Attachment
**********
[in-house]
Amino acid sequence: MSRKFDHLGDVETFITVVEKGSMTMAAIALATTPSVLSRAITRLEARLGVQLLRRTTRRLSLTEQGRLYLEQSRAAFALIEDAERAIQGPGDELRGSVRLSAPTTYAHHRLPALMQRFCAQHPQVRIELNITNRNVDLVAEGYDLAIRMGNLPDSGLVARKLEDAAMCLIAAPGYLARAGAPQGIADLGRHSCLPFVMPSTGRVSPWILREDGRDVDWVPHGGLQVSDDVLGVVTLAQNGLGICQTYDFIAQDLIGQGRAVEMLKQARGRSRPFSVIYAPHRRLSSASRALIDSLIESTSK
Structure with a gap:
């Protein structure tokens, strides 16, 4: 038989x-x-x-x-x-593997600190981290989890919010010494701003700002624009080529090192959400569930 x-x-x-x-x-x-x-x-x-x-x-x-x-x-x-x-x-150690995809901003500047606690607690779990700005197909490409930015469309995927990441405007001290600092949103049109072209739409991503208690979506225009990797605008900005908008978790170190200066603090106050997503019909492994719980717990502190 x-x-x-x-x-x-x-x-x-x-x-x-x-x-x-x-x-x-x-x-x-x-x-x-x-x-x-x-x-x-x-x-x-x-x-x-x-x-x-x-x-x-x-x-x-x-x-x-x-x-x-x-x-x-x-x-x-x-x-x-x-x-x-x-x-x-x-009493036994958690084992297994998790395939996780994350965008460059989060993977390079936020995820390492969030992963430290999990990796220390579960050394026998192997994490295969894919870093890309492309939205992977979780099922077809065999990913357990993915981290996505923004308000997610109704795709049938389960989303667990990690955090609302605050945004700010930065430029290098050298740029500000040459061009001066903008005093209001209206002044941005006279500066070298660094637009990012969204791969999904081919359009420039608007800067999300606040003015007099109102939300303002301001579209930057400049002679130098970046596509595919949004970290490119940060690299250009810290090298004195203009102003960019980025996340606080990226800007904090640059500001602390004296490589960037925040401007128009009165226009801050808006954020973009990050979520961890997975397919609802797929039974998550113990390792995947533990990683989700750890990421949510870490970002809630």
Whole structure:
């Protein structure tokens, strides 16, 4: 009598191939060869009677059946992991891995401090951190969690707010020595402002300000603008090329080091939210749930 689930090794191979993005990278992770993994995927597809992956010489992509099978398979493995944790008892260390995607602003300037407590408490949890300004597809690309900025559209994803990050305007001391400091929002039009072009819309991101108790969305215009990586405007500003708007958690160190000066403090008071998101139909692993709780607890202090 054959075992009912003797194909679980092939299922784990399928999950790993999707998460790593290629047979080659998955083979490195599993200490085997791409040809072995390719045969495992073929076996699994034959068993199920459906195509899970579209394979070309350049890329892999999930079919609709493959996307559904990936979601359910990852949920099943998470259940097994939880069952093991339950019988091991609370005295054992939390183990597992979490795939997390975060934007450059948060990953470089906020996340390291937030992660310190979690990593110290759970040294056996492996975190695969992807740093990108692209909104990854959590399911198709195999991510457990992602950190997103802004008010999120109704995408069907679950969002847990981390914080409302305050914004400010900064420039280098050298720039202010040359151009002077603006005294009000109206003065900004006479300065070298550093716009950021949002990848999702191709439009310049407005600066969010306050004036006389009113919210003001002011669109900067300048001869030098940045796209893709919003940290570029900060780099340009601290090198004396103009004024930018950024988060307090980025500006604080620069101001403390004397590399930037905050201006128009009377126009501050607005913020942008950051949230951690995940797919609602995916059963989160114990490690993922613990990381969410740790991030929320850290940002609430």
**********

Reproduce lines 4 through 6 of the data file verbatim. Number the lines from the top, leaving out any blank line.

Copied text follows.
């Protein structure tokens, strides 16, 4: 038989x-x-x-x-x-593997600190981290989890919010010494701003700002624009080529090192959400569930 x-x-x-x-x-x-x-x-x-x-x-x-x-x-x-x-x-150690995809901003500047606690607690779990700005197909490409930015469309995927990441405007001290600092949103049109072209739409991503208690979506225009990797605008900005908008978790170190200066603090106050997503019909492994719980717990502190 x-x-x-x-x-x-x-x-x-x-x-x-x-x-x-x-x-x-x-x-x-x-x-x-x-x-x-x-x-x-x-x-x-x-x-x-x-x-x-x-x-x-x-x-x-x-x-x-x-x-x-x-x-x-x-x-x-x-x-x-x-x-x-x-x-x-x-009493036994958690084992297994998790395939996780994350965008460059989060993977390079936020995820390492969030992963430290999990990796220390579960050394026998192997994490295969894919870093890309492309939205992977979780099922077809065999990913357990993915981290996505923004308000997610109704795709049938389960989303667990990690955090609302605050945004700010930065430029290098050298740029500000040459061009001066903008005093209001209206002044941005006279500066070298660094637009990012969204791969999904081919359009420039608007800067999300606040003015007099109102939300303002301001579209930057400049002679130098970046596509595919949004970290490119940060690299250009810290090298004195203009102003960019980025996340606080990226800007904090640059500001602390004296490589960037925040401007128009009165226009801050808006954020973009990050979520961890997975397919609802797929039974998550113990390792995947533990990683989700750890990421949510870490970002809630």
Whole structure:
């Protein structure tokens, strides 16, 4: 009598191939060869009677059946992991891995401090951190969690707010020595402002300000603008090329080091939210749930 689930090794191979993005990278992770993994995927597809992956010489992509099978398979493995944790008892260390995607602003300037407590408490949890300004597809690309900025559209994803990050305007001391400091929002039009072009819309991101108790969305215009990586405007500003708007958690160190000066403090008071998101139909692993709780607890202090 054959075992009912003797194909679980092939299922784990399928999950790993999707998460790593290629047979080659998955083979490195599993200490085997791409040809072995390719045969495992073929076996699994034959068993199920459906195509899970579209394979070309350049890329892999999930079919609709493959996307559904990936979601359910990852949920099943998470259940097994939880069952093991339950019988091991609370005295054992939390183990597992979490795939997390975060934007450059948060990953470089906020996340390291937030992660310190979690990593110290759970040294056996492996975190695969992807740093990108692209909104990854959590399911198709195999991510457990992602950190997103802004008010999120109704995408069907679950969002847990981390914080409302305050914004400010900064420039280098050298720039202010040359151009002077603006005294009000109206003065900004006479300065070298550093716009950021949002990848999702191709439009310049407005600066969010306050004036006389009113919210003001002011669109900067300048001869030098940045796209893709919003940290570029900060780099340009601290090198004396103009004024930018950024988060307090980025500006604080620069101001403390004397590399930037905050201006128009009377126009501050607005913020942008950051949230951690995940797919609602995916059963989160114990490690993922613990990381969410740790991030929320850290940002609430």